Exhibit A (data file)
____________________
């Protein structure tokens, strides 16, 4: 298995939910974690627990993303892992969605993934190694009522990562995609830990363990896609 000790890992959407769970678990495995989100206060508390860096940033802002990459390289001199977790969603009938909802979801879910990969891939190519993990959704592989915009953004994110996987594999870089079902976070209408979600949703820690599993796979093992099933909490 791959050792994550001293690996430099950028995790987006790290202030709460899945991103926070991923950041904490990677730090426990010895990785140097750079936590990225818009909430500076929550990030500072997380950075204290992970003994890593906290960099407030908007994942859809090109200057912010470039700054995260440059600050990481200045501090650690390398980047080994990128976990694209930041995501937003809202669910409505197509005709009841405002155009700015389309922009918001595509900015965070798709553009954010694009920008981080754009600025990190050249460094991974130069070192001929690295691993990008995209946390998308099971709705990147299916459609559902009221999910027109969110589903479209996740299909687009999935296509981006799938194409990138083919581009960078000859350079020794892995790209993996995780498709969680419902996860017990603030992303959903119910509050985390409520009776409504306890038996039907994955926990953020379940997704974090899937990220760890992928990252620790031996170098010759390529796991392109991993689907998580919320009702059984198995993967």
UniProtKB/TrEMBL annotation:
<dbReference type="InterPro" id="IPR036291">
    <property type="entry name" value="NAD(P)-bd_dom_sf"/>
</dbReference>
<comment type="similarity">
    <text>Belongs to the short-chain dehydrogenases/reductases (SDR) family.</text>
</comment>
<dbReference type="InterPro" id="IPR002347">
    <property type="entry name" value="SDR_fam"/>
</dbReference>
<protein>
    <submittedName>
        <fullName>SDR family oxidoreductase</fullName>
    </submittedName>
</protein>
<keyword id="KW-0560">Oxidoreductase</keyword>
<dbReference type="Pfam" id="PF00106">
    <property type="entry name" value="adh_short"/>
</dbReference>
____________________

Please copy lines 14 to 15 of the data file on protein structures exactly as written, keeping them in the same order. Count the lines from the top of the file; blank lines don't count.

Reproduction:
        <fullName>SDR family oxidoreductase</fullName>
    </submittedName>